Here is it in 3delight with the fibonacci-spiral guide visible.

    Post edited by rcbcgreenpanzer on
  • IceDragonArtIceDragonArt Posts: 12,370

    Got this halfway done early in the month, then forgot about it. I tried to use both color contrast and fibonacci-spiral positioning to draw the viewer's attention to the person, rather than the setting. I'm pretty sure the pose needs more work, but I'm not sure how else to improve it.

    Here is it in 3delight with the fibonacci-spiral guide visible.

    Maybe add something for her to look at or reach down to touch. A cat or a puppy or a butterfly, it looks like something has caught her attention because she is looking down.  Or, if she sad you could lean her forward a bit more and round her shoulders a bit and drop her head down a bit more.  Depends on what story you are telling.

  • I've got a wip I'm working at entering, and I'm posting the current iterations for some suggestions. My goal was to portray a member of the crew of a deep space ship, barely hanging on to the outside of the ship. With the back drop being the inky black infinite vacuum of deep space, I wanted to highlight the peril the member would be in if she were to slip or let go. 

    @TheFaxMisher

    It’s a great idea in terms of composition and you are already capturing that in your subject, however, we need to be able to see your subject if we are able to identify with that sense of danger you are trying to convey. In most of your shots the figure is obscured because there isn’t much light on it, and the ship seems like a dark blob without much detail to reveal what it is and it tends to dominate the scene. Of all the shots, I think hangon5 shows a lot of promise compositionally while still revealing the figure’s situation, but the figure and your ship need more light on them, or, you need to bring down the brightness in the background to balance the high contrast and let your figure become more obvious. Do you want inky black space, or bright starry space? Think about the words in your aim.

    Hangon2 is also interesting in outlining the tiny figure against the enormity of space, but I would suggest adjusting your camera to something with just a hint of the spaceship showing in the corner rather than dominating the scene as it currently does, with the outline of the figure trailing against the vast, negative space in the background. Perhaps also add some interest in the starfield with a nebula?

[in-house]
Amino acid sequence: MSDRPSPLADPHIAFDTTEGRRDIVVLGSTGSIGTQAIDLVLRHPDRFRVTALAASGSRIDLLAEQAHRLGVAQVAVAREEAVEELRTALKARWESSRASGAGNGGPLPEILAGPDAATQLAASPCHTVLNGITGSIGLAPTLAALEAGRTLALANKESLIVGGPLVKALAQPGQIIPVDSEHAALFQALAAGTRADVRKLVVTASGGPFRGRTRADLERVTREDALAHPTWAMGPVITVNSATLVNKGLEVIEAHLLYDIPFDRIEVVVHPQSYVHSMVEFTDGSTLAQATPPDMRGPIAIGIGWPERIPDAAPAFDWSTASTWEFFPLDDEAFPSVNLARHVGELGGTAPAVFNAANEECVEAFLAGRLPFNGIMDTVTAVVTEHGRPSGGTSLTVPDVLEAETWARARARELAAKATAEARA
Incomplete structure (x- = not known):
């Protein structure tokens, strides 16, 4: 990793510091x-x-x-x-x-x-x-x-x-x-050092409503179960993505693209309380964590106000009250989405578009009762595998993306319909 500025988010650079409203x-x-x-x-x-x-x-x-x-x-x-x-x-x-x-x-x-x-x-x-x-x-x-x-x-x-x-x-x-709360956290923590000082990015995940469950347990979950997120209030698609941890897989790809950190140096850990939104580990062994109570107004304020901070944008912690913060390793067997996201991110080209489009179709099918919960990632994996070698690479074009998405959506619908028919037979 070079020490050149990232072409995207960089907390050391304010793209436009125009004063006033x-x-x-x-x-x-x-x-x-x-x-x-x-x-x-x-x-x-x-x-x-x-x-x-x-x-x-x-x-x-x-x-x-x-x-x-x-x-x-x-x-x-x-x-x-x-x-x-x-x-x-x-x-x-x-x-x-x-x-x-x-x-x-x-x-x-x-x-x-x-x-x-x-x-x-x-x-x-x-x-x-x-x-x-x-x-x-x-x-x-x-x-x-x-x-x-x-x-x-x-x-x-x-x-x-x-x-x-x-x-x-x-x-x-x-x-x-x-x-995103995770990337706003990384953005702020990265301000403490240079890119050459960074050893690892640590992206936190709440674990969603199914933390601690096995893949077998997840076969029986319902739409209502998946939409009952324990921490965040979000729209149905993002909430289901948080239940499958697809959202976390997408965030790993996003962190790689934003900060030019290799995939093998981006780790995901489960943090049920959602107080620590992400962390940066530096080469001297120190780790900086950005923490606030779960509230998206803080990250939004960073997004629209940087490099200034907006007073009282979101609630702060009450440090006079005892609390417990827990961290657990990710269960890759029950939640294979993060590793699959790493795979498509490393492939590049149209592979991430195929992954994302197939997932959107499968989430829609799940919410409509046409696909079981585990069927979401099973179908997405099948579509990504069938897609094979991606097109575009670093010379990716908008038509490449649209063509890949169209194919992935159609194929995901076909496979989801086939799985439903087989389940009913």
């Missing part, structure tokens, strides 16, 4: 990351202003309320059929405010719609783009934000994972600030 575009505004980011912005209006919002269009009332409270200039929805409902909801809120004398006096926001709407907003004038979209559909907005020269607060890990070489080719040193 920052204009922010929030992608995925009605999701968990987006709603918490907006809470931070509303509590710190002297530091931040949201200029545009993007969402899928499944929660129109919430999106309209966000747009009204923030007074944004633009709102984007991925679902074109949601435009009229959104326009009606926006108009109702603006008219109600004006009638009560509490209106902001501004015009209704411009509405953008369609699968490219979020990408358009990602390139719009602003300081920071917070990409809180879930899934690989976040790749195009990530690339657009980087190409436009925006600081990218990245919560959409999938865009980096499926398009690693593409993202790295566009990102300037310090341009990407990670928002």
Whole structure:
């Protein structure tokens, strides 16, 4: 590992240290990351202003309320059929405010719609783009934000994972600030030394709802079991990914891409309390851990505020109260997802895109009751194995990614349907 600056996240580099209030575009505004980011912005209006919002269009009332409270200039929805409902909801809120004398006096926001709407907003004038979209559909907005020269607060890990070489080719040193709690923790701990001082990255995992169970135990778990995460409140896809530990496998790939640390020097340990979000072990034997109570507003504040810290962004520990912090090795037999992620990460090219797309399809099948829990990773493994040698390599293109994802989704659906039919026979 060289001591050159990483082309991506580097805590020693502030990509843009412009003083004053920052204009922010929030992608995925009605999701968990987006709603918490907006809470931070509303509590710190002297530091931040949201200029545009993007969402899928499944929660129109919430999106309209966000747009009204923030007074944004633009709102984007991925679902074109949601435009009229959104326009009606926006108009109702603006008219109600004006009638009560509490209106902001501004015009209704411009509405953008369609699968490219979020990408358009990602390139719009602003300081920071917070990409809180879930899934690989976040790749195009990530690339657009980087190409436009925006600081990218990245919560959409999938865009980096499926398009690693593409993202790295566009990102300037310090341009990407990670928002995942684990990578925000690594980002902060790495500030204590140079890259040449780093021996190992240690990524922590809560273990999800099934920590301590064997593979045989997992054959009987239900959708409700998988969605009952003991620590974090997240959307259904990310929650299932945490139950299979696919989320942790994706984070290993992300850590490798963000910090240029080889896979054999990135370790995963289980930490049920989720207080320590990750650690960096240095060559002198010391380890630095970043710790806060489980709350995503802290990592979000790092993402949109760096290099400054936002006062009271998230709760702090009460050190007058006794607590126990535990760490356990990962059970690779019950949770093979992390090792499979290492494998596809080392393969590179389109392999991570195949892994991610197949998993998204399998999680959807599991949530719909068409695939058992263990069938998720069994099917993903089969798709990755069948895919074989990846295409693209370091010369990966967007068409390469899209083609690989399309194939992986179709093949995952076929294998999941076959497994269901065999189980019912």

You might also want to play with DOF in your camera (eg hangon5) as an option to help convey the enormity of the spaceship, keeping only the figure or part of the figure sharply in focus while the ship trails out of focus into the distance.

    Hope that gives you some more ideas in terms of camera and composition!

  • ShortcutShortcut Posts: 68
    edited January 2017

    Got this halfway done early in the month, then forgot about it. I tried to use both color contrast and fibonacci-spiral positioning to draw the viewer's attention to the person, rather than the setting. I'm pretty sure the pose needs more work, but I'm not sure how else to improve it.

     

     

    I agree with the comment already made that your figure might be leaning down to touch something that has caught her eye. I think that is quite a powerful idea in that she is surrounded by a warm and beautiful, relaxing countryside landscape, however something else, something small and curious has caught her attention which also draws our attention and curiosity away from that idyll. Alternatively, the same beautiful landscape could be juxtaposed with your figure’s sadness, inviting us to ponder on her melancholy, or is she simply tired from a long hike?

    Perhaps you could change the time of day to assist in conveying the mood of the image? Late afternoon or evening with long shadows can be more melancholy, or bright morning can seem more cheerful and promising. Perhaps you’d like to have the sun just peeping over the edge of the hill above your figure? Has it just rained and there is something catching your figure’s eye in a reflective puddle of water? Or maybe you’d like to surround her with even more colour so that she seems almost lost in flowers and nature?

    One other suggestion I’d like to make is to change the angle of the fence in your composition. Right now it is flat and lies directly across the middle of your image from one side to the other, which makes it seem static. If you angled it and had one end of the fence dwindling off into the background you can help convey the impression of depth in the landscape and create a more interesting perspective.

    Keep going with this! I'm curious how you will continue with it :-)

    Post edited by Shortcut on
  • yhzmurphyyhzmurphy Posts: 385
    edited January 2017